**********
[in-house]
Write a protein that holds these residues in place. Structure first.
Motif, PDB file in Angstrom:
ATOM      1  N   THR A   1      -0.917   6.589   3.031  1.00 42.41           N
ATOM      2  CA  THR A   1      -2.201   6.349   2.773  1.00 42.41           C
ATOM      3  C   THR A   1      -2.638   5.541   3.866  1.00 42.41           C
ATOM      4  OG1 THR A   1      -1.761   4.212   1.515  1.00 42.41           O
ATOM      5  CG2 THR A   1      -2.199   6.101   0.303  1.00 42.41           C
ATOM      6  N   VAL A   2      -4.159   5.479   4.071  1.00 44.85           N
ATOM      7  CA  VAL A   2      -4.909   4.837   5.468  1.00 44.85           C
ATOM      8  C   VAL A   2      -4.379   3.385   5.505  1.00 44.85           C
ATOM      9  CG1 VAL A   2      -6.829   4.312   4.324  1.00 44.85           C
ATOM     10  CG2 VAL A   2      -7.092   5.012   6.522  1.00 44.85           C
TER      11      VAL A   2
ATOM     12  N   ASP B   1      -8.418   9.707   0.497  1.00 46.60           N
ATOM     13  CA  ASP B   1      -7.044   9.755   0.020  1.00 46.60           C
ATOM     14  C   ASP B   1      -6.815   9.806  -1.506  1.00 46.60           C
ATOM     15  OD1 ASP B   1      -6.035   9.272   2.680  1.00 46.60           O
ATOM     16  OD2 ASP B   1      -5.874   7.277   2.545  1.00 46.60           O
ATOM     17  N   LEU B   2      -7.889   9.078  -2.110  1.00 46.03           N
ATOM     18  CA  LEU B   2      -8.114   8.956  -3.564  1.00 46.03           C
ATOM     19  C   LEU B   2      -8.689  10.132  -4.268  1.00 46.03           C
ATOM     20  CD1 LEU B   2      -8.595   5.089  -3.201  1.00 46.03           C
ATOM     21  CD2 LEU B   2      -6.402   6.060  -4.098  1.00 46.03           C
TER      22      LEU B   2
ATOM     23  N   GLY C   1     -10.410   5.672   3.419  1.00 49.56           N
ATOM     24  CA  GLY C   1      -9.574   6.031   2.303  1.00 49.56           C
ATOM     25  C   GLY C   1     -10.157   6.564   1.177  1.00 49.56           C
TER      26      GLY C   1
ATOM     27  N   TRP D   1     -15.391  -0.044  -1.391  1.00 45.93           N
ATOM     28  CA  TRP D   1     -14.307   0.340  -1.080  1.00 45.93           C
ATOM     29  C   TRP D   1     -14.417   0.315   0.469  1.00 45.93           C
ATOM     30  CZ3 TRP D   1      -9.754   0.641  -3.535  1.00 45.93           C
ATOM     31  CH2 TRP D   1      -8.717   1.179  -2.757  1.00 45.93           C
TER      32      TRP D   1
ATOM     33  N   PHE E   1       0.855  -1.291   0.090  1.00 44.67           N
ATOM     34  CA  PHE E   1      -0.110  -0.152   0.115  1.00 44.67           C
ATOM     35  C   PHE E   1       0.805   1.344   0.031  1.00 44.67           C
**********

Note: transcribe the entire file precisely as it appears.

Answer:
[in-house]
Write a protein that holds these residues in place. Structure first.
Motif, PDB file in Angstrom:
ATOM      1  N   THR A   1      -0.917   6.589   3.031  1.00 42.41           N
ATOM      2  CA  THR A   1      -2.201   6.349   2.773  1.00 42.41           C
ATOM      3  C   THR A   1      -2.638   5.541   3.866  1.00 42.41           C
ATOM      4  OG1 THR A   1      -1.761   4.212   1.515  1.00 42.41           O
ATOM      5  CG2 THR A   1      -2.199   6.101   0.303  1.00 42.41           C
ATOM      6  N   VAL A   2      -4.159   5.479   4.071  1.00 44.85           N
ATOM      7  CA  VAL A   2      -4.909   4.837   5.468  1.00 44.85           C
ATOM      8  C   VAL A   2      -4.379   3.385   5.505  1.00 44.85           C
ATOM      9  CG1 VAL A   2      -6.829   4.312   4.324  1.00 44.85           C
ATOM     10  CG2 VAL A   2      -7.092   5.012   6.522  1.00 44.85           C
TER      11      VAL A   2
ATOM     12  N   ASP B   1      -8.418   9.707   0.497  1.00 46.60           N
ATOM     13  CA  ASP B   1      -7.044   9.755   0.020  1.00 46.60           C
ATOM     14  C   ASP B   1      -6.815   9.806  -1.506  1.00 46.60           C
ATOM     15  OD1 ASP B   1      -6.035   9.272   2.680  1.00 46.60           O
ATOM     16  OD2 ASP B   1      -5.874   7.277   2.545  1.00 46.60           O
ATOM     17  N   LEU B   2      -7.889   9.078  -2.110  1.00 46.03           N
ATOM     18  CA  LEU B   2      -8.114   8.956  -3.564  1.00 46.03           C
ATOM     19  C   LEU B   2      -8.689  10.132  -4.268  1.00 46.03           C
ATOM     20  CD1 LEU B   2      -8.595   5.089  -3.201  1.00 46.03           C
ATOM     21  CD2 LEU B   2      -6.402   6.060  -4.098  1.00 46.03           C
TER      22      LEU B   2
ATOM     23  N   GLY C   1     -10.410   5.672   3.419  1.00 49.56           N
ATOM     24  CA  GLY C   1      -9.574   6.031   2.303  1.00 49.56           C
ATOM     25  C   GLY C   1     -10.157   6.564   1.177  1.00 49.56           C
TER      26      GLY C   1
ATOM     27  N   TRP D   1     -15.391  -0.044  -1.391  1.00 45.93           N
ATOM     28  CA  TRP D   1     -14.307   0.340  -1.080  1.00 45.93           C
ATOM     29  C   TRP D   1     -14.417   0.315   0.469  1.00 45.93           C
ATOM     30  CZ3 TRP D   1      -9.754   0.641  -3.535  1.00 45.93           C
ATOM     31  CH2 TRP D   1      -8.717   1.179  -2.757  1.00 45.93           C
TER      32      TRP D   1
ATOM     33  N   PHE E   1       0.855  -1.291   0.090  1.00 44.67           N
ATOM     34  CA  PHE E   1      -0.110  -0.152   0.115  1.00 44.67           C
ATOM     35  C   PHE E   1       0.805   1.344   0.031  1.00 44.67           C